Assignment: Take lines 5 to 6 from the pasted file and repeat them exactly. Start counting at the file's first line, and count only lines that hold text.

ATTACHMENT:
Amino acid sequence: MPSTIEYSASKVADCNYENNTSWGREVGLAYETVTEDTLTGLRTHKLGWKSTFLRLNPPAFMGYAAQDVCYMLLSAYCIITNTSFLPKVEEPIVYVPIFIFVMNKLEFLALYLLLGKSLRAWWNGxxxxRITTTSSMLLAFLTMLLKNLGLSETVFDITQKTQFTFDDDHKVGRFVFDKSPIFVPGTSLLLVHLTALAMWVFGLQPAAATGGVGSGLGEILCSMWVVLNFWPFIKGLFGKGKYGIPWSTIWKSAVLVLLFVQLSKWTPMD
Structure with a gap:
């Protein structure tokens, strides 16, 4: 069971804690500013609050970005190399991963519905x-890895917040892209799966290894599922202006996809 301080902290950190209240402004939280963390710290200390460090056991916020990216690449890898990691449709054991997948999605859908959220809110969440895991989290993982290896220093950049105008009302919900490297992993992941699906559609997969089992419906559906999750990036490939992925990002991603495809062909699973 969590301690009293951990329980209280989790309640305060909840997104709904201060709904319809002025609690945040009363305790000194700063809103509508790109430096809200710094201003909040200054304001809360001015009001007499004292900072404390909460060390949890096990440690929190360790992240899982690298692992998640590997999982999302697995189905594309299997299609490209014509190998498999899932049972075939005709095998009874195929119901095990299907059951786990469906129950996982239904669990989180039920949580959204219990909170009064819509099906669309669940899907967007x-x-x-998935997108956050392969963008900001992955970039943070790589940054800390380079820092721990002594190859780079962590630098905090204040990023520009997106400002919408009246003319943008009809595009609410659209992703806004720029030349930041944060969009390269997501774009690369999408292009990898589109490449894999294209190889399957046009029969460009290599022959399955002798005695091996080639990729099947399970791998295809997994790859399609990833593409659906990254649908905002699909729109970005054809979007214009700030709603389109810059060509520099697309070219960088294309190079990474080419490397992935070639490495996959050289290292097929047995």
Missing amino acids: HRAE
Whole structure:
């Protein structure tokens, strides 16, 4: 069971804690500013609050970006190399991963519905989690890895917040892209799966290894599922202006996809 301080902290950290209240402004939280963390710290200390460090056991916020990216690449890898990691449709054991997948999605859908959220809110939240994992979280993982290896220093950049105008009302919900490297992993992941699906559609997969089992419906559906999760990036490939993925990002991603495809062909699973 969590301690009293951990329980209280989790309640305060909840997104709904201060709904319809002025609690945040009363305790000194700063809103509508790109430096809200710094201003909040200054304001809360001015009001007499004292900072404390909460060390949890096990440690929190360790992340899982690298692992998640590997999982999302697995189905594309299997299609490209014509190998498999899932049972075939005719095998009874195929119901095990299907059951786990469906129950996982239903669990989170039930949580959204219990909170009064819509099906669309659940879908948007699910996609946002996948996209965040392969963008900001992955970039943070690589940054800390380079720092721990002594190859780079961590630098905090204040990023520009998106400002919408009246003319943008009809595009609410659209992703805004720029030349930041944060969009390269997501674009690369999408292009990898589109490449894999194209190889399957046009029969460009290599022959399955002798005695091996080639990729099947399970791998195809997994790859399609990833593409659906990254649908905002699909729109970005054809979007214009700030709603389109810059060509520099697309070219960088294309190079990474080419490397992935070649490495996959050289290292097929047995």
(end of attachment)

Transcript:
Whole structure:
């Protein structure tokens, strides 16, 4: 069971804690500013609050970006190399991963519905989690890895917040892209799966290894599922202006996809 301080902290950290209240402004939280963390710290200390460090056991916020990216690449890898990691449709054991997948999605859908959220809110939240994992979280993982290896220093950049105008009302919900490297992993992941699906559609997969089992419906559906999760990036490939993925990002991603495809062909699973 969590301690009293951990329980209280989790309640305060909840997104709904201060709904319809002025609690945040009363305790000194700063809103509508790109430096809200710094201003909040200054304001809360001015009001007499004292900072404390909460060390949890096990440690929190360790992340899982690298692992998640590997999982999302697995189905594309299997299609490209014509190998498999899932049972075939005719095998009874195929119901095990299907059951786990469906129950996982239903669990989170039930949580959204219990909170009064819509099906669309659940879908948007699910996609946002996948996209965040392969963008900001992955970039943070690589940054800390380079720092721990002594190859780079961590630098905090204040990023520009998106400002919408009246003319943008009809595009609410659209992703805004720029030349930041944060969009390269997501674009690369999408292009990898589109490449894999194209190889399957046009029969460009290599022959399955002798005695091996080639990729099947399970791998195809997994790859399609990833593409659906990254649908905002699909729109970005054809979007214009700030709603389109810059060509520099697309070219960088294309190079990474080419490397992935070649490495996959050289290292097929047995």